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These Are the Three Best Filipino Movies, According to an Award-Winning Film Editor

Manet Dayrit, the president and CEO of Central Digital Lab talks about film restoration, what could be the next golden age of Philippine cinema, and Brad Pitt.
IMAGE MEDAL ELEPAÑO
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Manet Dayrit, the president and CEO of Central Digital Lab talks about film restoration, what could be the next golden age of Philippine cinema, and Brad Pitt.

Fill in the blank: if you were not a film editor, you would be…
I’ve always wanted to own and run a bed and breakfast. Maybe when I retire, I’ll finally do it.

What do you find particularly meaningful in your line of work?
Filmmaking has always been very fulfilling for me. Being able to entertain an audience, make them think, feel, or even change their point of view on something is very gratifying. But my latest passion and advocacy is film restoration. A hundred years of filmmaking in the Philippines has produced thousands of films. Unfortunately, due to the dismal state of film handling and archiving in the country, many of these films have deteriorated or even disintegrated. There is an imminent need for the surviving titles to be restored before they literally disappear. It is my advocacy right now to save as much of our film heritage as we can. For the past five years, my company, Central Digital Lab, in partnership with ABS-CBN, has been digitally restoring the film collection of the ABS-CBN Film Archives. So far, we have restored more than 120 films. These include Filipino classic films like Himala, Oro, Plata, Mata, Karnal, and other important titles by our great film masters. Being able to bring back these titles for a whole new generation to see and learn from has really brought purpose and meaning in what my team is doing.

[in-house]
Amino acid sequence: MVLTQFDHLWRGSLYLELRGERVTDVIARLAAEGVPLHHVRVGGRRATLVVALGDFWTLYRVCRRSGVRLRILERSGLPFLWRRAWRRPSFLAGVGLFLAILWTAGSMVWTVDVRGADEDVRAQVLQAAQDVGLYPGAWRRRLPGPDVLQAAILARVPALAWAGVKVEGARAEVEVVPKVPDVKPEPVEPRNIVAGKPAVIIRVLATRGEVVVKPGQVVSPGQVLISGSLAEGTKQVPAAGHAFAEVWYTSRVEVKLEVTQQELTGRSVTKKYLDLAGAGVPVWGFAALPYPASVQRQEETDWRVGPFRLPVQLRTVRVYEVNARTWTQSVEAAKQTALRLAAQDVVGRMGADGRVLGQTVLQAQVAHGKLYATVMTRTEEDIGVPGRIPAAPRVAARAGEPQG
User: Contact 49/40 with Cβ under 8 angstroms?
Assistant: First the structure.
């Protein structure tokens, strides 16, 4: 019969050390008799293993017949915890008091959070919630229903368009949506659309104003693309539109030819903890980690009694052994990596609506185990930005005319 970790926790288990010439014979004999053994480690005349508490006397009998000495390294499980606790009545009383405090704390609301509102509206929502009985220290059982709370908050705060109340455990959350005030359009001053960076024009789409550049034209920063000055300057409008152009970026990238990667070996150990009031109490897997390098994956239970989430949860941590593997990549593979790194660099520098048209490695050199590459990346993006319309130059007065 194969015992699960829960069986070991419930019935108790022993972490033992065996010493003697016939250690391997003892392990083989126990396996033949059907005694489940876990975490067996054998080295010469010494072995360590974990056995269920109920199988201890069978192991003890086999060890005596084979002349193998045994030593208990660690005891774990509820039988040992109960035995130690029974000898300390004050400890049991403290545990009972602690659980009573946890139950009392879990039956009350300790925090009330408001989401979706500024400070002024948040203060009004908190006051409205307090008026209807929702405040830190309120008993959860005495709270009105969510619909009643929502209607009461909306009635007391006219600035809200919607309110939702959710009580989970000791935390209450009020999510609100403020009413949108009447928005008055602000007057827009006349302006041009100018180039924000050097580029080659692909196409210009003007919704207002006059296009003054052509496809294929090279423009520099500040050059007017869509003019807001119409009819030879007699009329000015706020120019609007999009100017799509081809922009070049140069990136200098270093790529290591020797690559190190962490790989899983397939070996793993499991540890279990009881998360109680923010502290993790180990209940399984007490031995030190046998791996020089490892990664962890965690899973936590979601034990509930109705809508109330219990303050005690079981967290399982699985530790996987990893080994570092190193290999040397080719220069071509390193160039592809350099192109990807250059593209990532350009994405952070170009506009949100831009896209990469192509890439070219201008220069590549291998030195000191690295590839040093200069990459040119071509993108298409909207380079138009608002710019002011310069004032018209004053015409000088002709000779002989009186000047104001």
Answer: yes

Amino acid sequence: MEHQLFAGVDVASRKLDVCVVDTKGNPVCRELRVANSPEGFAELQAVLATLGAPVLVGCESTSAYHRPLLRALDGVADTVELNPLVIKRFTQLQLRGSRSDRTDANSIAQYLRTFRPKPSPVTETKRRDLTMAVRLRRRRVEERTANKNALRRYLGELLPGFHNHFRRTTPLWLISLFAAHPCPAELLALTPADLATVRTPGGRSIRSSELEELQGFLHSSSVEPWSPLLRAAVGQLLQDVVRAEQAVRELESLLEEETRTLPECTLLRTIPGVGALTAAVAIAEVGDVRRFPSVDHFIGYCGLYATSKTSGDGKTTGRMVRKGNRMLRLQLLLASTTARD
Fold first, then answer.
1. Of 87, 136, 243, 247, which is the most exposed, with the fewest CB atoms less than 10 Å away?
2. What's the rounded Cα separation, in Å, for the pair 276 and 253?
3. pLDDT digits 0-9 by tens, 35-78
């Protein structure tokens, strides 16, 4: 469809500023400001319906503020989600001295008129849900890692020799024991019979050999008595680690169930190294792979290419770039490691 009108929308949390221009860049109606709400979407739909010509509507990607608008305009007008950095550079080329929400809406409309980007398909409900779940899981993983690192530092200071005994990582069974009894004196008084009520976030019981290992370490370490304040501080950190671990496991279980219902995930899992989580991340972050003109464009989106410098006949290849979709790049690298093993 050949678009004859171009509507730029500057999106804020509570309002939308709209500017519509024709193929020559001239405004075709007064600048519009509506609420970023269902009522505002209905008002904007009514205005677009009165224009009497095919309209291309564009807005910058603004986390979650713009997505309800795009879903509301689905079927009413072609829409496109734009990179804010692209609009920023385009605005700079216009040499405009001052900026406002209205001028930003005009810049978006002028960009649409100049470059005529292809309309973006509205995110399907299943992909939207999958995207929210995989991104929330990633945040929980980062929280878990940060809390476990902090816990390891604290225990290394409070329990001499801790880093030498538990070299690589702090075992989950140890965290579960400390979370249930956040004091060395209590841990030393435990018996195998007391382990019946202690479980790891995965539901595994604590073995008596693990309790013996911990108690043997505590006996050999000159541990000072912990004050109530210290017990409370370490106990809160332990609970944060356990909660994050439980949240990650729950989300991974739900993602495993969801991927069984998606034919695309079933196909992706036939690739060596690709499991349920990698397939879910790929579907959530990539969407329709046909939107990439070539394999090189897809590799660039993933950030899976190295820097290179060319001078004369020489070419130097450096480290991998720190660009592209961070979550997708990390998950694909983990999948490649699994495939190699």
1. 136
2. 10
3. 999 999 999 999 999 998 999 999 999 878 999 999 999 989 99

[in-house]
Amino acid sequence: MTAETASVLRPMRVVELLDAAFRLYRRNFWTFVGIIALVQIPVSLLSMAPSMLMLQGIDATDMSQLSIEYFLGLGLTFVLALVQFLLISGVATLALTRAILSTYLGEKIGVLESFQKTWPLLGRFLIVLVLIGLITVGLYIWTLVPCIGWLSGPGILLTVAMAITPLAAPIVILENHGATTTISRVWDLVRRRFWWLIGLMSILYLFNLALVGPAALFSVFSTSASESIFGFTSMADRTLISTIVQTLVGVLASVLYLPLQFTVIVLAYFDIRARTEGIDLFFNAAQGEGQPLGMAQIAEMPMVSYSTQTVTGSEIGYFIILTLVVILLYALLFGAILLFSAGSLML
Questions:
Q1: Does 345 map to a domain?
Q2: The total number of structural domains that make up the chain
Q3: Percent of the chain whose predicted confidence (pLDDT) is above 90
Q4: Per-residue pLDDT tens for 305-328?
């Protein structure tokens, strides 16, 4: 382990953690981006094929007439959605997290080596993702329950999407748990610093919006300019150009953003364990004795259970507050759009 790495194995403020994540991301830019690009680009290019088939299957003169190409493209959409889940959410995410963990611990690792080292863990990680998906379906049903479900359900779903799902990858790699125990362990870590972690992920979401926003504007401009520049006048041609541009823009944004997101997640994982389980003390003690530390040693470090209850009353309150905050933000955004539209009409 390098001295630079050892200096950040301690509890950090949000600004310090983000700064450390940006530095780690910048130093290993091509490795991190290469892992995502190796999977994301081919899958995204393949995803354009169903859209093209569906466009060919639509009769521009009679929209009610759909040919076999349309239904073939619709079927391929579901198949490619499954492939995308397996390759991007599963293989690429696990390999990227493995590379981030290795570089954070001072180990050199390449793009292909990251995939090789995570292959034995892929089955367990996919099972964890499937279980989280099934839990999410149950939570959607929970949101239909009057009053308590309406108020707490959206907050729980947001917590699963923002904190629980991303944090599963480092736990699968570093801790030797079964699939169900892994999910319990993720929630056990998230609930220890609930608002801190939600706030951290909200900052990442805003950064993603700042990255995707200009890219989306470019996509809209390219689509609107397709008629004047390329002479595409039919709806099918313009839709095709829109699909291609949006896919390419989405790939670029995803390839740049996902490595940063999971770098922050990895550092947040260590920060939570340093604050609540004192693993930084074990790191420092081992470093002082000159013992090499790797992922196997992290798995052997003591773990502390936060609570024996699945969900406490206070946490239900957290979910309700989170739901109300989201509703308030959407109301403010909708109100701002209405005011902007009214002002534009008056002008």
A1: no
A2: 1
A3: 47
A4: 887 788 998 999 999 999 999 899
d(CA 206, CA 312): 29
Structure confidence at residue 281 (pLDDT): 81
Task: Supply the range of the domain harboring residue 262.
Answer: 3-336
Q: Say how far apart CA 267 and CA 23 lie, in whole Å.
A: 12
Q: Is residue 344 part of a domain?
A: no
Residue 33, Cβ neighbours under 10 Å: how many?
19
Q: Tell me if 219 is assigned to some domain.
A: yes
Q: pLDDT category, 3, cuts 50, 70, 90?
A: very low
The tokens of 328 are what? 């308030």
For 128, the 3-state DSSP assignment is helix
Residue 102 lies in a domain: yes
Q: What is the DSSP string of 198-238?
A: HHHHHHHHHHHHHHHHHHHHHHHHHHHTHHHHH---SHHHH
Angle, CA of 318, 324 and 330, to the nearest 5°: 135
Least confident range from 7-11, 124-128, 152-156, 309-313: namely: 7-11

Were there experiences, memories from your childhood and formative years that influenced your choice of career? What compelled you to enter the film industry?
When I was 8 years old, I saw Star Wars for the first time. I was in awe! How did they do that? Then I saw the making of the movie on TV. Ever since then, I knew that I wanted to be a filmmaker. That was the first year I stayed up to watch the Academy Awards. I remember going to bed formulating my own acceptance speech in case I ever won an award.

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What has been your proudest moment thus far?
Seeing the guys I’ve mentored through the years winning their own awards.

You’ve been honored with numerous awards for several films. What moment in your career are you most proud of?
I think I had good timing. We were pioneers in digital post-production in the Philippines when I started editing. So I was fortunate that I got to edit for a lot of great directors so early in my career. I edited for the likes of Peque Gallaga, Marilou Diaz-Abaya, and Carlitos Siguion-Reyna. I learned so much from all of them. Learning on the job from the masters of Philippine Cinema has been a privilege.


Greatest challenge of your career?